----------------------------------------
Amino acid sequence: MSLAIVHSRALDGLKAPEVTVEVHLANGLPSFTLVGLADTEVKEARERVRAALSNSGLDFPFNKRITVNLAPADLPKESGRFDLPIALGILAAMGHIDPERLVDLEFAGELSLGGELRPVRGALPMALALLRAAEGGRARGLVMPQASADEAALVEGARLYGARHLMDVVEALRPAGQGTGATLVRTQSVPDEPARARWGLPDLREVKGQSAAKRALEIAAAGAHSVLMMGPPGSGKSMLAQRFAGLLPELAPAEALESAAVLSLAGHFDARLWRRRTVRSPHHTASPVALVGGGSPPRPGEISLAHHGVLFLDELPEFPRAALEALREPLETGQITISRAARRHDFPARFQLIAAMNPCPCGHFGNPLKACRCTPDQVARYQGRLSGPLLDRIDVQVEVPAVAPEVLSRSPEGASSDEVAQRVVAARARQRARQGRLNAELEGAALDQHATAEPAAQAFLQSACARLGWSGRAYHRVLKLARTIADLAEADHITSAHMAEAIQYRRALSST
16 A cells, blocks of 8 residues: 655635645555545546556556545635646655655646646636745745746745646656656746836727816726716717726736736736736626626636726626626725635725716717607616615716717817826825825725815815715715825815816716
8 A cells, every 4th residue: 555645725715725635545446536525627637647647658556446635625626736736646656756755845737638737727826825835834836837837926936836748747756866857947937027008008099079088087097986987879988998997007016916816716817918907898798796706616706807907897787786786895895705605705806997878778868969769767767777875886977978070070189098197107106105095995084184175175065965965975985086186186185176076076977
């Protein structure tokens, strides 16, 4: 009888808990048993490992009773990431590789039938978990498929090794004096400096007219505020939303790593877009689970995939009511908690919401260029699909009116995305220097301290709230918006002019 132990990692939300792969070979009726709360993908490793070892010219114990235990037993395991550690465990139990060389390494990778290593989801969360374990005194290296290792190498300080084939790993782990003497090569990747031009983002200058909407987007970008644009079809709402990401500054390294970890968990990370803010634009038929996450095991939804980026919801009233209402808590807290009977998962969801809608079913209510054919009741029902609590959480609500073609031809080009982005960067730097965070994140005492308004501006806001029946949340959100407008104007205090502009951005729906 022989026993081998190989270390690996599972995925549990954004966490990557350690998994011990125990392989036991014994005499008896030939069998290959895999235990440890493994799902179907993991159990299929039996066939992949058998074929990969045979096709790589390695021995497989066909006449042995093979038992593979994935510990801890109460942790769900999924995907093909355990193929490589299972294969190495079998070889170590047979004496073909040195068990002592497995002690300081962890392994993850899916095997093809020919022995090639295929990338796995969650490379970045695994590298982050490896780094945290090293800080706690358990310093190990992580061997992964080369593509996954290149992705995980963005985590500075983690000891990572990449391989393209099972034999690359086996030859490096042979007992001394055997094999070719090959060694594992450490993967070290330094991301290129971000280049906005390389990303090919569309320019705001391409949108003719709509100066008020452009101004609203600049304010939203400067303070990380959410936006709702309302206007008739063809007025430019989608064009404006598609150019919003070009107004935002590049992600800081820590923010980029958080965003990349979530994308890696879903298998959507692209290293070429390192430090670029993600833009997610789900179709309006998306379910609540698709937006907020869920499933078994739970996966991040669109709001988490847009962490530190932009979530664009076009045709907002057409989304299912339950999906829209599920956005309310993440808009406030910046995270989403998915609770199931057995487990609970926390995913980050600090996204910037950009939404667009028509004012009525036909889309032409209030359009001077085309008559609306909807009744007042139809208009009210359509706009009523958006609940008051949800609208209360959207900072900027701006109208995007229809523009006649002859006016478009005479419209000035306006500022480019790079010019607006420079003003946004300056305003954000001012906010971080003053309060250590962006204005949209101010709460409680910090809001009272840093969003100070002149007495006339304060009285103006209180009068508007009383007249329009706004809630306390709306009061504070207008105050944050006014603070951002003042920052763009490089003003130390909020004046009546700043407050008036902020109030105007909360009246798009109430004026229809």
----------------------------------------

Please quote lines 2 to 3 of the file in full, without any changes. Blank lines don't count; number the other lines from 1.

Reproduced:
16 A cells, blocks of 8 residues: 655635645555545546556556545635646655655646646636745745746745646656656746836727816726716717726736736736736626626636726626626725635725716717607616615716717817826825825725815815715715825815816716
8 A cells, every 4th residue: 555645725715725635545446536525627637647647658556446635625626736736646656756755845737638737727826825835834836837837926936836748747756866857947937027008008099079088087097986987879988998997007016916816716817918907898798796706616706807907897787786786895895705605705806997878778868969769767767777875886977978070070189098197107106105095995084184175175065965965975985086186186185176076076977